Sputnik, my siamese cat, looking pensive

Autumn arrived last week. In summer, it is too hot to be near the window, but now that the temperatures have cooled, Sputnik spends the mornings on her bed by the patio window. I wonder what she is thinking? To see more pets from around the world, please visit Pet Pride's blog .

Hanging the Futon out to Air

Sunny days have been far and few this summer. The rainy season has claimed every month since April. Hurray for the sun coming out Today! On sunny days you can see futons hanging on balconies to air out. On my way to work, I caught sight of these hanging futons and their subtle shadows. They are attached by strong clips to prevent them from dropping or being taken away in a gust of wind. To see more shadows from around the world, visit Hey Harriet's Blog .

Otomegahama on Miyato Island in Higashi Matsushima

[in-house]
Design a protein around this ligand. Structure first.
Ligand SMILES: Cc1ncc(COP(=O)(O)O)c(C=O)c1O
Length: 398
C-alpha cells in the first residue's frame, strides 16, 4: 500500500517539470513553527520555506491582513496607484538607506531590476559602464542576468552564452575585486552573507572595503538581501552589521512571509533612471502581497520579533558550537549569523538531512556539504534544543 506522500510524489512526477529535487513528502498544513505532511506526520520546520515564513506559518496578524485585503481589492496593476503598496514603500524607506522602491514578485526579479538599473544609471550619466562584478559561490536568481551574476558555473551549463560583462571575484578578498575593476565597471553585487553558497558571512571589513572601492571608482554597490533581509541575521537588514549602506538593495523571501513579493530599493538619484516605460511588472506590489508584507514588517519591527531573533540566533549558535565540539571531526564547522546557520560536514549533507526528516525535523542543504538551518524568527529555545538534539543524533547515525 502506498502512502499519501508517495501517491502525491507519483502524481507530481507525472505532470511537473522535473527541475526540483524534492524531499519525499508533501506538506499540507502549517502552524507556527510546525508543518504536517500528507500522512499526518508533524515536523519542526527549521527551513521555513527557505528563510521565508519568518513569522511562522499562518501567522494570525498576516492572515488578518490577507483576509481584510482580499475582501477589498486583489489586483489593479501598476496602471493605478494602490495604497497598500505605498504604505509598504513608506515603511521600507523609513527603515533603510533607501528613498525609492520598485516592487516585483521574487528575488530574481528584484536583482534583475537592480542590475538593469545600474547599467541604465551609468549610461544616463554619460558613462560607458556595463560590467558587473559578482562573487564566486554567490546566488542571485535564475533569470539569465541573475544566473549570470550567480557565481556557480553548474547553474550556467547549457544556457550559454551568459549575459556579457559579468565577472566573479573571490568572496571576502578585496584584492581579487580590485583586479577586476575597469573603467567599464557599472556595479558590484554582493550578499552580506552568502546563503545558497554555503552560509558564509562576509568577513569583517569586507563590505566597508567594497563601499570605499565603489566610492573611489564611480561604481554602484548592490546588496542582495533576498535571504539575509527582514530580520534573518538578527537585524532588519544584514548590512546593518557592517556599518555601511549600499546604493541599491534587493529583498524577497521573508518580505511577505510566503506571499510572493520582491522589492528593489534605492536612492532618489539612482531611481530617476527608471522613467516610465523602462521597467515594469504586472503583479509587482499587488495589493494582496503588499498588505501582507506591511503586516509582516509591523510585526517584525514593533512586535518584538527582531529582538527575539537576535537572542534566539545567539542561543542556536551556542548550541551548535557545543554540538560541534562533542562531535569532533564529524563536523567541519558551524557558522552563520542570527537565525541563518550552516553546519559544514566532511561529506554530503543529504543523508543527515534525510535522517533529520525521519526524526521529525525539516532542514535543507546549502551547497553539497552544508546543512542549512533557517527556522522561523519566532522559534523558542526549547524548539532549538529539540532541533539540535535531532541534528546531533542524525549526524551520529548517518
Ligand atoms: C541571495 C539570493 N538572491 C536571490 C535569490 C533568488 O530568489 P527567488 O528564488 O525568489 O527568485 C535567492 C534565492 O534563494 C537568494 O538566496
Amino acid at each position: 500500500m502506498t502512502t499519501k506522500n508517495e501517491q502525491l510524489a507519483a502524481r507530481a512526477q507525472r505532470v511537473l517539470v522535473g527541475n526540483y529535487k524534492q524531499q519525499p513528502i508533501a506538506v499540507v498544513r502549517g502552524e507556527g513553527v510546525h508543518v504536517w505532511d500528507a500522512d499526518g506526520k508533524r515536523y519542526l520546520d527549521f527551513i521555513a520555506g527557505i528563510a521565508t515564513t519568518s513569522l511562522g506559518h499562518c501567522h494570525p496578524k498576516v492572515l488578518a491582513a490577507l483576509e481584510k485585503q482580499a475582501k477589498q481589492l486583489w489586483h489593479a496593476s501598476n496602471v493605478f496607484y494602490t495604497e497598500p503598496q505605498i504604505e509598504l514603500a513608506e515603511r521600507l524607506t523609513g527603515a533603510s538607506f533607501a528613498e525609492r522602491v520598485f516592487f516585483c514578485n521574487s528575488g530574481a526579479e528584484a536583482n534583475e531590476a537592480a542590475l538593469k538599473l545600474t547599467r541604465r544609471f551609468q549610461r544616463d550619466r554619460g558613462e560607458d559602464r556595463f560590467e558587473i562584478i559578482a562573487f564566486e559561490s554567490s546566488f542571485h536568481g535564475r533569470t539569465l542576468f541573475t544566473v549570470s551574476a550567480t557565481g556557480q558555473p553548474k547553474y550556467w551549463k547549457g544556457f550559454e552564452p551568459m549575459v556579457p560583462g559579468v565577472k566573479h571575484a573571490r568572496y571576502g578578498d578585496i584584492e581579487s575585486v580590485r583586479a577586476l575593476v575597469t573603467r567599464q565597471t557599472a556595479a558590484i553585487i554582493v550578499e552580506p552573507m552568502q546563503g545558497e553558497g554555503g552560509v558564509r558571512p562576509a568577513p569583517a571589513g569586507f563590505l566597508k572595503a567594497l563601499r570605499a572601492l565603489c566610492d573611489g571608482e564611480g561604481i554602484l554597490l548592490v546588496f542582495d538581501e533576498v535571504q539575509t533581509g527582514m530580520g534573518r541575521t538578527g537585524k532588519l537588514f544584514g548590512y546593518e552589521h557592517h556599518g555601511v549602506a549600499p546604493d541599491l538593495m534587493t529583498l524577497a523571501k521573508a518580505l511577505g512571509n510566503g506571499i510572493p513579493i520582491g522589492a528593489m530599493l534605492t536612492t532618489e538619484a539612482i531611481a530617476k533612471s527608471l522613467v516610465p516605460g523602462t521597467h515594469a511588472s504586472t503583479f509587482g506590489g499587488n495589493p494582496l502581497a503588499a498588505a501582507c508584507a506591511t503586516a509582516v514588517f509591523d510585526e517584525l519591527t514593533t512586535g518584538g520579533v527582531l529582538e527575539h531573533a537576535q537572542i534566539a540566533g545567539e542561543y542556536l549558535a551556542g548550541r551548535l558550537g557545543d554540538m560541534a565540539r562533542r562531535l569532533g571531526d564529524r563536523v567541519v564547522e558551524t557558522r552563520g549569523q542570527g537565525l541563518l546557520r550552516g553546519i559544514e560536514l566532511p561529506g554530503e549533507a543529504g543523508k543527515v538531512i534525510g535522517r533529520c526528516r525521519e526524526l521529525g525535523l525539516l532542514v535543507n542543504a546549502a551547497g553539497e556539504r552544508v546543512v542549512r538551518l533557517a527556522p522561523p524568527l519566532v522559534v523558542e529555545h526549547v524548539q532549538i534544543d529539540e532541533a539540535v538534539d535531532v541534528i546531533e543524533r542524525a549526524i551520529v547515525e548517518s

20 years ago in August, we were living in a small city North of Tokyo. We had decided to travel 4 hours up North near Matsushima and find a place to camp out at an unknown, hard to get to, beach. Camping out on the private beach was quiet and beautiful. We were the only ones there. Our only mistake was we hadn't brought a tent or any bug repellent. The first morning I woke up with a swollen chin from some bug bite. The third morning, my husband woke up with a swollen eye. At that point, we decided we had better head on home. I had written a letter to my Mom in August 1989 describing our trip. Recently, I came across this letter at my Mom's house. Now we live less than an hour away from Matsushima. Last month, we made the same trip we had done 20 years ago! This time we rented bikes. There is a bike trail along the entire island. We passed spectacular, green rice fields along the way. It took us an hour on the bikes to reach the trail head. We walked